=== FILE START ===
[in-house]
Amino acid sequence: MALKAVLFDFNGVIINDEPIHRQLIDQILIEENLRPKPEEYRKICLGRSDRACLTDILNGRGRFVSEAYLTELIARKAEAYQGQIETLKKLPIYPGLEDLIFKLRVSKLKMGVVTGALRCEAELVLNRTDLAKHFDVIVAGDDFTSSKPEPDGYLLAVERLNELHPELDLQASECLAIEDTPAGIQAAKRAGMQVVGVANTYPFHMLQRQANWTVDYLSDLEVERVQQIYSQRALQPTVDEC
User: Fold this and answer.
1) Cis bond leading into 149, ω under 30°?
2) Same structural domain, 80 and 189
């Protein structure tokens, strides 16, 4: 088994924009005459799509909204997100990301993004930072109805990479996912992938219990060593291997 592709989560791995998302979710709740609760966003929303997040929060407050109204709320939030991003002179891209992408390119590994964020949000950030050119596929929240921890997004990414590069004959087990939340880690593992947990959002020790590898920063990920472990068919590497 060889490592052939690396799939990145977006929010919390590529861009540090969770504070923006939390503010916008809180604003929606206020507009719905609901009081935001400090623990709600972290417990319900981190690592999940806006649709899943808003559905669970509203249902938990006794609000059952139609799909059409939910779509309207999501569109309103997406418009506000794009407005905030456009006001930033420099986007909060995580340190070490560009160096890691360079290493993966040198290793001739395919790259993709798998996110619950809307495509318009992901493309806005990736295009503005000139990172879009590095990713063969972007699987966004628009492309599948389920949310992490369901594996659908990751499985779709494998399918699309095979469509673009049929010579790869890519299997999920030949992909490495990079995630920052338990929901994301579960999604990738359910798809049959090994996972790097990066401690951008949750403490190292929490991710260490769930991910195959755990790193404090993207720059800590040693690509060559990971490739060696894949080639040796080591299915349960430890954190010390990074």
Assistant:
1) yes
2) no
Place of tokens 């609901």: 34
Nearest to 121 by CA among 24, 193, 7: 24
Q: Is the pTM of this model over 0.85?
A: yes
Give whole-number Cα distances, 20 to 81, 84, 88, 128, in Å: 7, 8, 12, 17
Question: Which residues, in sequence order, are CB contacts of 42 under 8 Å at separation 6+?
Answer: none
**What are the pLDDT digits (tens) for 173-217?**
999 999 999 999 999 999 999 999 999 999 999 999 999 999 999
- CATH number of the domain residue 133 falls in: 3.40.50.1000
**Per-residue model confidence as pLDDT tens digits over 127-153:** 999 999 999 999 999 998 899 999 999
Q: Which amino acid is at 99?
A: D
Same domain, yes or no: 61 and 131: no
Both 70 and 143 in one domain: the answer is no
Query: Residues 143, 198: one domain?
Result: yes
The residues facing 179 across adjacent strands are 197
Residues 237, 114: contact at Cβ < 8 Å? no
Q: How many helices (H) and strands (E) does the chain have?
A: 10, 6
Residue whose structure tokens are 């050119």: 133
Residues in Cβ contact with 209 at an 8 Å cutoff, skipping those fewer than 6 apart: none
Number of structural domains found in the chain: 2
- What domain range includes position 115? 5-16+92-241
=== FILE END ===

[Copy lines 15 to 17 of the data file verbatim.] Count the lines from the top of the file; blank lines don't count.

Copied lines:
Question: Which residues, in sequence order, are CB contacts of 42 under 8 Å at separation 6+?
Answer: none
**What are the pLDDT digits (tens) for 173-217?**